Skip to Content

<b>CM/AMO Seminar</b><br>Light Scattering from the Collective Modes of Electrons<br><b>Xiaoqing (Elaine) Li (Univ of Texas at Austin)<br></b>

Tuesday, April 3, 2012
12:00 AM
335 West Hall

Speaker: Xiaoqing (Elaine) Li (Univ of Texas at Austin)

Abstract: A powerful approach for investigating properties of matter is light scattering. In this talk, I will discuss how scattering is used to probe collective modes of electrons in two distinct systems.

The first example focuses on light scattering from collective electron oscillations in metals called plasmons. We investigated a low-symmetry heterogeneous nanostructure comprised of simple yet distinct gold nanoparticles (NPs): a sphere and a rod. When the two NPs are coupled via near field interaction, a Fano resonance emerges from the interference between the dark, quadrupole mode of the rod and the bright, dipolar mode of the sphere. Polarization sensitive and tomography-like scattering measurements from different directions allowed us to determine the relative position and orientation between the two NPs on the nanometer scale. We coined the term "plasmonic protractor" to suggest this simple nanostructure may be useful for studying in-situ conformational changes such as rotation and bending at the single molecule level.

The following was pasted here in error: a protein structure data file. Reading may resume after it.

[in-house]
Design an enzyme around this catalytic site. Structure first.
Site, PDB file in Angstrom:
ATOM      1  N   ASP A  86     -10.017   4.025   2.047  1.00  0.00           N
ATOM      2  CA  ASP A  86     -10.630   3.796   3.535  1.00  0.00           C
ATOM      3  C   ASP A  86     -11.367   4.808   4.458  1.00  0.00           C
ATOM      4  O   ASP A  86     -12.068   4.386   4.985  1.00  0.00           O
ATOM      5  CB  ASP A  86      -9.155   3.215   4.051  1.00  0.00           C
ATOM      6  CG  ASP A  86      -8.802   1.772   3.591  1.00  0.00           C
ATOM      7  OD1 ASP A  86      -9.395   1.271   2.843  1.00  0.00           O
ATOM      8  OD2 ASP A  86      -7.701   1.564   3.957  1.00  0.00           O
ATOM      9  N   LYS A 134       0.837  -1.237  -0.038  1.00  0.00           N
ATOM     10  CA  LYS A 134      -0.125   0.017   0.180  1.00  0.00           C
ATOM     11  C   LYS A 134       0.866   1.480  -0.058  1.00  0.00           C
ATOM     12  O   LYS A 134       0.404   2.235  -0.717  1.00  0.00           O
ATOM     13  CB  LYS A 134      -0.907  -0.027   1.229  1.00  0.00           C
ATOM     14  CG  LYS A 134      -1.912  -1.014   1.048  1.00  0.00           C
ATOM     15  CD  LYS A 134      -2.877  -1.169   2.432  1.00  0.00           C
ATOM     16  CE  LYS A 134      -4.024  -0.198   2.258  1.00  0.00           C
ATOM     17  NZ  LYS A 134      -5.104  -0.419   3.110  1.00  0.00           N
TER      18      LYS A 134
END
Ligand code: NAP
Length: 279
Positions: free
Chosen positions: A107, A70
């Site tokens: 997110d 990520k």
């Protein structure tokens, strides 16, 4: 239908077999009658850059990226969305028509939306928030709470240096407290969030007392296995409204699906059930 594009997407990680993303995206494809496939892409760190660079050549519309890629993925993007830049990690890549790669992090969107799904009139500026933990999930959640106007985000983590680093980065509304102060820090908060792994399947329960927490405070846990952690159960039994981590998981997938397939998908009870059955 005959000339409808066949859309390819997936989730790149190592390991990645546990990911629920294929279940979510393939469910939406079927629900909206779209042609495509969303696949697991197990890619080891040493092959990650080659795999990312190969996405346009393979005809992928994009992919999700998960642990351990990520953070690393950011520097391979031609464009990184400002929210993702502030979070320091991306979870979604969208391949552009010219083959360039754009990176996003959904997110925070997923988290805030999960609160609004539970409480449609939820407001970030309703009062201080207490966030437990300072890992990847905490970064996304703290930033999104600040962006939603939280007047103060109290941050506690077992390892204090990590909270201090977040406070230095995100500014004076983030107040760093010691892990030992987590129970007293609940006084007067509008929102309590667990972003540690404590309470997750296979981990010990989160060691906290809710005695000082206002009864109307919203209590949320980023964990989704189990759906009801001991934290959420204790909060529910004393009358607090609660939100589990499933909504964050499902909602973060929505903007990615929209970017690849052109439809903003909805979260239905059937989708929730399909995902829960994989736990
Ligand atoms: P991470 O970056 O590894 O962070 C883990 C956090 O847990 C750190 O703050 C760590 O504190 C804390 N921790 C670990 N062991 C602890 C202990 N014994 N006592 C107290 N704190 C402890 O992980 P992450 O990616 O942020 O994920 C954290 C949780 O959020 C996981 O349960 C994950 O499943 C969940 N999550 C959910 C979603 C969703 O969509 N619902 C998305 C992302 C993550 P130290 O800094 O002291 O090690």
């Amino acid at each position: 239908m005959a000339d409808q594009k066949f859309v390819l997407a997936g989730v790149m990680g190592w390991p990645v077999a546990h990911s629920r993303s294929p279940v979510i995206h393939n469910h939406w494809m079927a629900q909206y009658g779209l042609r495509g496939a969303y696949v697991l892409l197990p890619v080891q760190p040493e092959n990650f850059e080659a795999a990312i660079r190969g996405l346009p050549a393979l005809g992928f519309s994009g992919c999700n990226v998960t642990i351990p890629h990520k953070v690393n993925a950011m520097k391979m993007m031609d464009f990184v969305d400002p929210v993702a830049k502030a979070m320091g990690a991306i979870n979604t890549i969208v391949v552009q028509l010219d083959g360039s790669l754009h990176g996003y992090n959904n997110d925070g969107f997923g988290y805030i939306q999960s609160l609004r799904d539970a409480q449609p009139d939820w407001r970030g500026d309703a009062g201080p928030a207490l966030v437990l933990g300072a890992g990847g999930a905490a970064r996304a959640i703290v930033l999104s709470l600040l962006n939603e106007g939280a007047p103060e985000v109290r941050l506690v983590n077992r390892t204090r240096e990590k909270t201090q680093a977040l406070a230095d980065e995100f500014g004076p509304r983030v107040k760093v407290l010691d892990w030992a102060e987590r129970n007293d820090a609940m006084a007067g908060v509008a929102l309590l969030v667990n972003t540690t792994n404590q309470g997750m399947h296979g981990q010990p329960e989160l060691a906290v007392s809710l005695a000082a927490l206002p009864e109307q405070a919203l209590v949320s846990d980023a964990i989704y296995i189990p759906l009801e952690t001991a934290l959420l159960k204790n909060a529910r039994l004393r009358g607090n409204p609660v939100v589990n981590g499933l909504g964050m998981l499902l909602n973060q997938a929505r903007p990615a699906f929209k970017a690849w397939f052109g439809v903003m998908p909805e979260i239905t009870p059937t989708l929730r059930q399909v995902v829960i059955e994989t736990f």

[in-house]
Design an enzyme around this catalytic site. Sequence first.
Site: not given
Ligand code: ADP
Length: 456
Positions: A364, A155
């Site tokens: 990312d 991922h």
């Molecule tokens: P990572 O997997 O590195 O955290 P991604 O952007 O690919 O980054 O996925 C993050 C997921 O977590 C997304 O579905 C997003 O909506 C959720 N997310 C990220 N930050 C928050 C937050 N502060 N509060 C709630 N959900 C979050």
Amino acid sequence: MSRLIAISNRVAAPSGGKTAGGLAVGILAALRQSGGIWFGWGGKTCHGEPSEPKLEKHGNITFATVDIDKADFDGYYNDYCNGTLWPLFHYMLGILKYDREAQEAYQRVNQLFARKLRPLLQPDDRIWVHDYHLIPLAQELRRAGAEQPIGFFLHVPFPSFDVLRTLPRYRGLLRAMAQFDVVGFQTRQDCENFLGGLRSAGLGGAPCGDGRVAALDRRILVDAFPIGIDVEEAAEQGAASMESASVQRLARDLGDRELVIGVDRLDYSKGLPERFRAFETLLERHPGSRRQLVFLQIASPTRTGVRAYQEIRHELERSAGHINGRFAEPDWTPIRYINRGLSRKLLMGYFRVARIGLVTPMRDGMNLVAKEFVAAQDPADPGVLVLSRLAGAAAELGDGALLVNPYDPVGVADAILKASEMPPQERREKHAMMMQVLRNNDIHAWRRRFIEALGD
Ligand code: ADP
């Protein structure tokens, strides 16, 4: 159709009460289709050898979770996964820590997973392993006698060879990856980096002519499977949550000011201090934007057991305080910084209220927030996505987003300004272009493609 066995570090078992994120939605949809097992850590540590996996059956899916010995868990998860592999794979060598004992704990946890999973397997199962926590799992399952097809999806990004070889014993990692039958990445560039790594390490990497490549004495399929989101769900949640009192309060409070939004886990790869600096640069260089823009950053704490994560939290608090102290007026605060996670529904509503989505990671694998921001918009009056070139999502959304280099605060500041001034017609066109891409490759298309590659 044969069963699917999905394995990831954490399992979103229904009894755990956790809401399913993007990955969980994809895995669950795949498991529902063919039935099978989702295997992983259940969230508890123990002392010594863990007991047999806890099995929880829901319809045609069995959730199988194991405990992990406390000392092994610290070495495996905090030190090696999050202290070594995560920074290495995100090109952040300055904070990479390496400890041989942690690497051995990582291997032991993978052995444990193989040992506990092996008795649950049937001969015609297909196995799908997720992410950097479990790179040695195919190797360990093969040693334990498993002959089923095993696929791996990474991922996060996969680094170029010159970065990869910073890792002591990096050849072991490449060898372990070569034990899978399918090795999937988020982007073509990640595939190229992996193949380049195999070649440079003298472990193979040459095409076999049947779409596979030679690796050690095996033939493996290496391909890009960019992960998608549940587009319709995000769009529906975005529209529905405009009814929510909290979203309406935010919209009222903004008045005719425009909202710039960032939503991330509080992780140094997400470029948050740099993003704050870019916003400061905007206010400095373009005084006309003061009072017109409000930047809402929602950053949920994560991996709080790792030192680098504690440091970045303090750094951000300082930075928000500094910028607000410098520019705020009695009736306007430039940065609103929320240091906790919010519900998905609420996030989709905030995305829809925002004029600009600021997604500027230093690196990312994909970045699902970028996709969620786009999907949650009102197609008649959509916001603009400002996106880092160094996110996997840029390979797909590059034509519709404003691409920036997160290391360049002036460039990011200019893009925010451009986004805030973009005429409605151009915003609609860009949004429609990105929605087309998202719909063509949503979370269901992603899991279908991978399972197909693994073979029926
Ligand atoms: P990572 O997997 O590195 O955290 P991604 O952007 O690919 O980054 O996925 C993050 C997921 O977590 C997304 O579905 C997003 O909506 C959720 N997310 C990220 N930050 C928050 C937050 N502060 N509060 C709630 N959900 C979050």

The second example focuses on light scattering from collective spin oscillations in ferromagnetic materials called magnons. Magnons, or spin waves, are the normal modes of magnetic excitations, just as phonons are the normal modes of lattice vibrations. Using a technique called micro Brillouin light scattering, we were able to spatially map out the spin wave intensity in magnetic microstructures.